Leaving her apartment, her feet seemed numb to the ground's touch. The strangeness pervaded her senses. Like floating in a void, it seeped from her pores unseen. A shoe boutique on the other side of the street, the display beckoning, she paused at the kerbside.
Her head fell; far below her, she studied a set of beautifully designed, open-toed and stiletto heeled Italian dreams. She stepped off the kerb. Steel and rubber flashed millimetres from delicately painted toenails; the windblast made her stagger, but she walked on.
At the central meridian, she stopped, considered briefly, remotely, the stained white line beneath her foot, the contrast between the mundane and exquisite. A motorbike swerved past, rider swearing – she moved; then she was there, at the far side of the road. Only then did she raise her head.
She stared; the glass of the shop window, the reflection of an elegant woman standing motionless, all around shoppers hustled and bustled. Through this apparition was an exquisite display of shoes. The reflection moved, converging upon her as she entered the store.
“These are just in,” the petite sales assistant enthused, “I’m sure you will fall in love with them!”
She was already in love with them. They fitted wonderfully, embracing her feet with a lovers caress, making her feel desirable, adored. She stood, the pain of the extreme fashion making lovers demands, capturing her, imprisoning her, demanding proof of her devotion.
She slipped them off, her heart breaking. “Let me try those ones over there, please.”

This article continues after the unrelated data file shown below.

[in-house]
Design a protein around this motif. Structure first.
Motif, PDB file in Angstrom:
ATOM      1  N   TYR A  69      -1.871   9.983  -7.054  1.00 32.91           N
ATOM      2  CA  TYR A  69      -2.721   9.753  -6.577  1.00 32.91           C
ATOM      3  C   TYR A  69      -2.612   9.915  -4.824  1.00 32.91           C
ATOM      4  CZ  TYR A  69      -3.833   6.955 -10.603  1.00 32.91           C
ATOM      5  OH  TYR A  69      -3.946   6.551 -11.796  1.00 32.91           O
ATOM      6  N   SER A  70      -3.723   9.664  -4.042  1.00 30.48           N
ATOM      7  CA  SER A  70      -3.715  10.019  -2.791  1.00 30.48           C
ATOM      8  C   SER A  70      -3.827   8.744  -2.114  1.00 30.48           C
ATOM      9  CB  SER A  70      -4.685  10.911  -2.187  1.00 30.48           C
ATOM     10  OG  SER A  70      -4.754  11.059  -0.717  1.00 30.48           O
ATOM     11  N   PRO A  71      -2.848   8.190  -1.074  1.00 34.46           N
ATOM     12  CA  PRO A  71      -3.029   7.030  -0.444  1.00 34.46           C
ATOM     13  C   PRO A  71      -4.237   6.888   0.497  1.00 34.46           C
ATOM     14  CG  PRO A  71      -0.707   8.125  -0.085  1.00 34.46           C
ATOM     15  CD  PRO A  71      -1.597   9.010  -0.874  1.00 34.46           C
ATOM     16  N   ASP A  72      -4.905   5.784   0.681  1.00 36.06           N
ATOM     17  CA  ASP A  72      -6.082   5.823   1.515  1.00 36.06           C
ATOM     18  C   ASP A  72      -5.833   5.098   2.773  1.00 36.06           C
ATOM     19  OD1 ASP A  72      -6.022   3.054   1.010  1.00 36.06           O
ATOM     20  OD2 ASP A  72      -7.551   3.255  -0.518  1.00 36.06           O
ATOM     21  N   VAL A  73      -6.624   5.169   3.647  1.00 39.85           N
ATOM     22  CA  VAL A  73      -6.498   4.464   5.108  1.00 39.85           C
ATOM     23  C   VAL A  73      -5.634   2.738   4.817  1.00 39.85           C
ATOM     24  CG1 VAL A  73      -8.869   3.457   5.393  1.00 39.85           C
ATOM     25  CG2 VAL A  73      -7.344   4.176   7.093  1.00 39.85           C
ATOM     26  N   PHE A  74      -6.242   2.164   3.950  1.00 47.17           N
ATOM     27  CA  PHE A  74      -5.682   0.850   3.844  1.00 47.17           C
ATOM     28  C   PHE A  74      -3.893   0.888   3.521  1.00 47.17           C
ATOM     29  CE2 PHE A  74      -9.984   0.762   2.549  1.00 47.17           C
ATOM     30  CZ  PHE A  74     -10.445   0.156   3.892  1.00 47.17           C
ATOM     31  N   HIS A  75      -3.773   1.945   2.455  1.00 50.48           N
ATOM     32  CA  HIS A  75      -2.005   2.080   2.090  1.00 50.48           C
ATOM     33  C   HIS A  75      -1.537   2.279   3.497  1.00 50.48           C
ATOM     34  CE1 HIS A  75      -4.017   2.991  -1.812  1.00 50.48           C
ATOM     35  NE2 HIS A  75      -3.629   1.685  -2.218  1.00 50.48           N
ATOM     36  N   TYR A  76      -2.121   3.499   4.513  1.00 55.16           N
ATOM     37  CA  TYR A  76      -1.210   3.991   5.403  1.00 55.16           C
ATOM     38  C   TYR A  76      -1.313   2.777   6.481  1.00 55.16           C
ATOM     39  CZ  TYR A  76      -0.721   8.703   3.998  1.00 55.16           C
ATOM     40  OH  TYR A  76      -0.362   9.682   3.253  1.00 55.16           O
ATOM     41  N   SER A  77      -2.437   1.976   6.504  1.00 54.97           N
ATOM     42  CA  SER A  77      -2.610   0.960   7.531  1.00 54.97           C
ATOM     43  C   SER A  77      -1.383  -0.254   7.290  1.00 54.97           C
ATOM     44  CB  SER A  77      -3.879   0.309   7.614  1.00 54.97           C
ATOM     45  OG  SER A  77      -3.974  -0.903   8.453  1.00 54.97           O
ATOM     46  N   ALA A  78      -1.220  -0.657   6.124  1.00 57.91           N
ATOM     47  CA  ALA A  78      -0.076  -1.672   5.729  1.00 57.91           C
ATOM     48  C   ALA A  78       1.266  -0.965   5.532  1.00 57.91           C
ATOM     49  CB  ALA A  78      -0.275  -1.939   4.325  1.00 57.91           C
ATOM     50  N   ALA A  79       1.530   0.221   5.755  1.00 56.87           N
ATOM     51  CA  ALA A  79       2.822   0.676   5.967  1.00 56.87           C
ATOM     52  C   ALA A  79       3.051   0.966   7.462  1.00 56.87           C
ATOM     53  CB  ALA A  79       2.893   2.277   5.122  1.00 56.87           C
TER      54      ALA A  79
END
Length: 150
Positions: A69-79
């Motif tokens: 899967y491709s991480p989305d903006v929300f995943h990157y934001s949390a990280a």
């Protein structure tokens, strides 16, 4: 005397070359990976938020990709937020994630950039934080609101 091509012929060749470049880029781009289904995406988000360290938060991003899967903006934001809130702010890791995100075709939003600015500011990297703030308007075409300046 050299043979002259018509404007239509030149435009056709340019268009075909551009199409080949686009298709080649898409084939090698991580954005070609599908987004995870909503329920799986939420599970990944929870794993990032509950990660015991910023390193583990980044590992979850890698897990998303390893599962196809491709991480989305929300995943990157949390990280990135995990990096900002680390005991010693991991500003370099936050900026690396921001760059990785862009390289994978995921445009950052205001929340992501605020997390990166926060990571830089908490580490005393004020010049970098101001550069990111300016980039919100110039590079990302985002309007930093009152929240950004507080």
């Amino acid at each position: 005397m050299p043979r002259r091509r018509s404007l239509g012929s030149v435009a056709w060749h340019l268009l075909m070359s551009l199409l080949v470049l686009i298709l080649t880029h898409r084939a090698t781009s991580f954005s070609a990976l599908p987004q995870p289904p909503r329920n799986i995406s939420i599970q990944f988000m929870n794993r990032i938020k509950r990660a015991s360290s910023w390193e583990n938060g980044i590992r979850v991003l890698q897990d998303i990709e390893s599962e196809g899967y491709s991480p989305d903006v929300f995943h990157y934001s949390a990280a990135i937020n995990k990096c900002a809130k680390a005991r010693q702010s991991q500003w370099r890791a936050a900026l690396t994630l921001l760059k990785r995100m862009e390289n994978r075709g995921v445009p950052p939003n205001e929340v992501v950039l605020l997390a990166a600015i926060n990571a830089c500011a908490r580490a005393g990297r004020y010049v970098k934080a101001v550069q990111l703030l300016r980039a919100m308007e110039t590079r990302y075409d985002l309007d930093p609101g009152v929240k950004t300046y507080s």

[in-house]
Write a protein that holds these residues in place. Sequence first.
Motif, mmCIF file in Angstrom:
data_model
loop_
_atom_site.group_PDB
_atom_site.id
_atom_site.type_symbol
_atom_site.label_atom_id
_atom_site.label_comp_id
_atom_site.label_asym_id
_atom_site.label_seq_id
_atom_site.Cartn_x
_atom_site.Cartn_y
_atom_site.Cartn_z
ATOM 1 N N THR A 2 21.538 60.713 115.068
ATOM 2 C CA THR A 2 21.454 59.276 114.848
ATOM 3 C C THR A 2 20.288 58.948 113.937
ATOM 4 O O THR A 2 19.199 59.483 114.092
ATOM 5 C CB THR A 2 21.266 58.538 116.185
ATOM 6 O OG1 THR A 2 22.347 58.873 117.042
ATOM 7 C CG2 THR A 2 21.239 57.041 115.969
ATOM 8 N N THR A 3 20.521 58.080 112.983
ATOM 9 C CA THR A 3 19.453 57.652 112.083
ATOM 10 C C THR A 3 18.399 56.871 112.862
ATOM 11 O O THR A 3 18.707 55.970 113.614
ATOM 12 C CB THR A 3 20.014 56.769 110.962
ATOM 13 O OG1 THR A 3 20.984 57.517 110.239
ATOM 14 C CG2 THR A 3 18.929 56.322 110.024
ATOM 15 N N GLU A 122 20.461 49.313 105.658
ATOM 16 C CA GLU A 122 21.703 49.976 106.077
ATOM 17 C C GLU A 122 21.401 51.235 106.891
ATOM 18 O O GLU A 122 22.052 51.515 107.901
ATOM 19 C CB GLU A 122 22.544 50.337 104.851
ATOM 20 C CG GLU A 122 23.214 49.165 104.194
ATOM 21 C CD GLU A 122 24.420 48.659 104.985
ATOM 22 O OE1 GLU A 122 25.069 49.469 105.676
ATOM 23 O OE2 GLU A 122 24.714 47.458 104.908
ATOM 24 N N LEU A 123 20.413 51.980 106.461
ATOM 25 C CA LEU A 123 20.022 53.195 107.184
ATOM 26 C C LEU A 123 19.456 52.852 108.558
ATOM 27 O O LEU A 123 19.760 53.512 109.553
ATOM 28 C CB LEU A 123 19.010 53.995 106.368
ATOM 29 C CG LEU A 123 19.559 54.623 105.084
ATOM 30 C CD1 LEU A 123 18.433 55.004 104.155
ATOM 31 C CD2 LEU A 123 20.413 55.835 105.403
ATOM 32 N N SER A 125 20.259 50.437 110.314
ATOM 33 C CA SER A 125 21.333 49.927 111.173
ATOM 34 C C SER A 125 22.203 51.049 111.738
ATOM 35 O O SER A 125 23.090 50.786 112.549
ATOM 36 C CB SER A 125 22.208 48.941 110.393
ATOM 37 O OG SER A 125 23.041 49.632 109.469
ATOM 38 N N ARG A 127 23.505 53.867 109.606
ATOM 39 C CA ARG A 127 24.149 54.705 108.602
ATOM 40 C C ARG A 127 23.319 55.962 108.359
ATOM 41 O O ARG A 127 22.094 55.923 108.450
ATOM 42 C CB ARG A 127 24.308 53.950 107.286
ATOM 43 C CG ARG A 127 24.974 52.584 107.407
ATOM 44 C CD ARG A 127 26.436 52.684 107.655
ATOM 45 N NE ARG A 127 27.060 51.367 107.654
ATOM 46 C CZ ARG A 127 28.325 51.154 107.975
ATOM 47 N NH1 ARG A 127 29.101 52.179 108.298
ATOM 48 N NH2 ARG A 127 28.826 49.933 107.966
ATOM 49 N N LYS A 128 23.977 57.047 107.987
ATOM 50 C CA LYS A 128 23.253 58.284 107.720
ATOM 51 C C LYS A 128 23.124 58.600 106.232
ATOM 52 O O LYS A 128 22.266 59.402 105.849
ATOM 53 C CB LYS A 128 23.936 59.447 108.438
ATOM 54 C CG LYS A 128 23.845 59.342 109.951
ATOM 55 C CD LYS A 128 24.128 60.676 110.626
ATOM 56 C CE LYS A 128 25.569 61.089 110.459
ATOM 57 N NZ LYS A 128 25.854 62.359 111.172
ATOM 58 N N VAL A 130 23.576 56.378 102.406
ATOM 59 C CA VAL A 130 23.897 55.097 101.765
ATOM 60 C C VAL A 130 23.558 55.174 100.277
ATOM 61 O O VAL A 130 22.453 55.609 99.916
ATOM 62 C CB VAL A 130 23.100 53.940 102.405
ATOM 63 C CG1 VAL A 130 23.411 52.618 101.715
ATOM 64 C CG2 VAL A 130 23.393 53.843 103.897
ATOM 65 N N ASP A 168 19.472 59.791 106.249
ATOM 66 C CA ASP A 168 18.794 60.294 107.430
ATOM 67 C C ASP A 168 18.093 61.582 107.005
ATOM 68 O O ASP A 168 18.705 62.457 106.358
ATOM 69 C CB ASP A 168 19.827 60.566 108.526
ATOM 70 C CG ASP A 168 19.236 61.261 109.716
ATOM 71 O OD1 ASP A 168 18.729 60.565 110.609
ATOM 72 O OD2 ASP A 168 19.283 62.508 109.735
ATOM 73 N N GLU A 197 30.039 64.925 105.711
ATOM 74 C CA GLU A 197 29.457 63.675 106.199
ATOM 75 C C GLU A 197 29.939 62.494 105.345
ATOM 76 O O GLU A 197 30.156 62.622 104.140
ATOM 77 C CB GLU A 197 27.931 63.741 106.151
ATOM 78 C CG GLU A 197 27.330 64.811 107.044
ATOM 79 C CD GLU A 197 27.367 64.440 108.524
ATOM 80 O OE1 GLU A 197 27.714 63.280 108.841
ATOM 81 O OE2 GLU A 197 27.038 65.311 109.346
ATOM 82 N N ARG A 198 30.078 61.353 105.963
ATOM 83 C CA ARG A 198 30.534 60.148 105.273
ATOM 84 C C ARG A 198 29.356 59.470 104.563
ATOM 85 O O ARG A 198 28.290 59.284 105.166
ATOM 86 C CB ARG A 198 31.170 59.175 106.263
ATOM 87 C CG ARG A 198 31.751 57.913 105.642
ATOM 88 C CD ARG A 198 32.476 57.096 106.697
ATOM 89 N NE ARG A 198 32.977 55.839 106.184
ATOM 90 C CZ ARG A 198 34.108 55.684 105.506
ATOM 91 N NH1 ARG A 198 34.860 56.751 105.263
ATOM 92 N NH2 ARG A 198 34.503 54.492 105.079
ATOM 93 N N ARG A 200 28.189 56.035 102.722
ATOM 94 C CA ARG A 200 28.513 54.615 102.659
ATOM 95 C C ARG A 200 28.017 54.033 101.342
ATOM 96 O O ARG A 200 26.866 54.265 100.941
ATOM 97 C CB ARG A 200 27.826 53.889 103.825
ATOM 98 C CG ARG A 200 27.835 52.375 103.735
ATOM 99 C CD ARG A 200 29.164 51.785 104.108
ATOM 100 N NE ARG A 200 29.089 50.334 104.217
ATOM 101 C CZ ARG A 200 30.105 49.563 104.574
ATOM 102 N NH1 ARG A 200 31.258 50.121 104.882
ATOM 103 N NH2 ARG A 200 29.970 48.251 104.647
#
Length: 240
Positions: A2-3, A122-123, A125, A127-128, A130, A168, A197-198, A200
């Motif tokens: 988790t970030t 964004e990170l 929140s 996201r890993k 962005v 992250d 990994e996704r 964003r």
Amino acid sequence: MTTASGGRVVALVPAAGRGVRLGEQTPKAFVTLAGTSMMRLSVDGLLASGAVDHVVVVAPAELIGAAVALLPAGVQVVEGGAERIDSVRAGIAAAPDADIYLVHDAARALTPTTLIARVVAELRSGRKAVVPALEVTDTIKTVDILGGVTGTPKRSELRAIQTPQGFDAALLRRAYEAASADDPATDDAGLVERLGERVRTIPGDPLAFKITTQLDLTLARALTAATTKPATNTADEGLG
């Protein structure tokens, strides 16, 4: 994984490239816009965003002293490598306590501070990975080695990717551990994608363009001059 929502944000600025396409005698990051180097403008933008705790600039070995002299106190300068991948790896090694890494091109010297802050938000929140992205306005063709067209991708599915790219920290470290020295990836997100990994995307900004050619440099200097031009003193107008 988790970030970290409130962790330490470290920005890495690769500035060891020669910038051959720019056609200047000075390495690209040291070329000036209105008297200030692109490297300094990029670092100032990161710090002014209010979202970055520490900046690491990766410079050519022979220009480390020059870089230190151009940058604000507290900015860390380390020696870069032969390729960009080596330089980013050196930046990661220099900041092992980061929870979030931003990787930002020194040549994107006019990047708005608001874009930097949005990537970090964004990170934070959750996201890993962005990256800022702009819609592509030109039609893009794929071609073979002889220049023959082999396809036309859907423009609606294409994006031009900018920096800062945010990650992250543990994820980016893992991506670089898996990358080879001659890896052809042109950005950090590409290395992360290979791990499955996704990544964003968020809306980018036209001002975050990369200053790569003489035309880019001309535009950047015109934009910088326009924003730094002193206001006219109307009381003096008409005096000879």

“These?” The assistant was confused.
“Yes, those …”
The assistant raised her eyebrows in sullen disapproval, but acquiesced.
She slipped them on and they made no demands.
“Yes, yes I’ll buy these - and I’ll wear them now.”
“Would you like your other shoes boxed for you?”
She considered; they were her favourites. “No, throw them away for me, will you?”
“Certainly, as you wish.” Again the eyebrows danced in disapproval.
She left the shop, never looking down as she walked. At the bank, she made arrangements, drew out all her cash, and left. A half mile away and she was outside her lover’s door. She fished out the letter from her coat pocket. Her footprints, her path, lay behind her, back to the husband asleep in their bed. Still blind to the fact that she had gone.
He would never find her. No one from her past would. It was time to be free. Even love was just another prison.
Posting the letter, she turned to begin a new life. Her comfortable new trainers carrying her effortlessly away.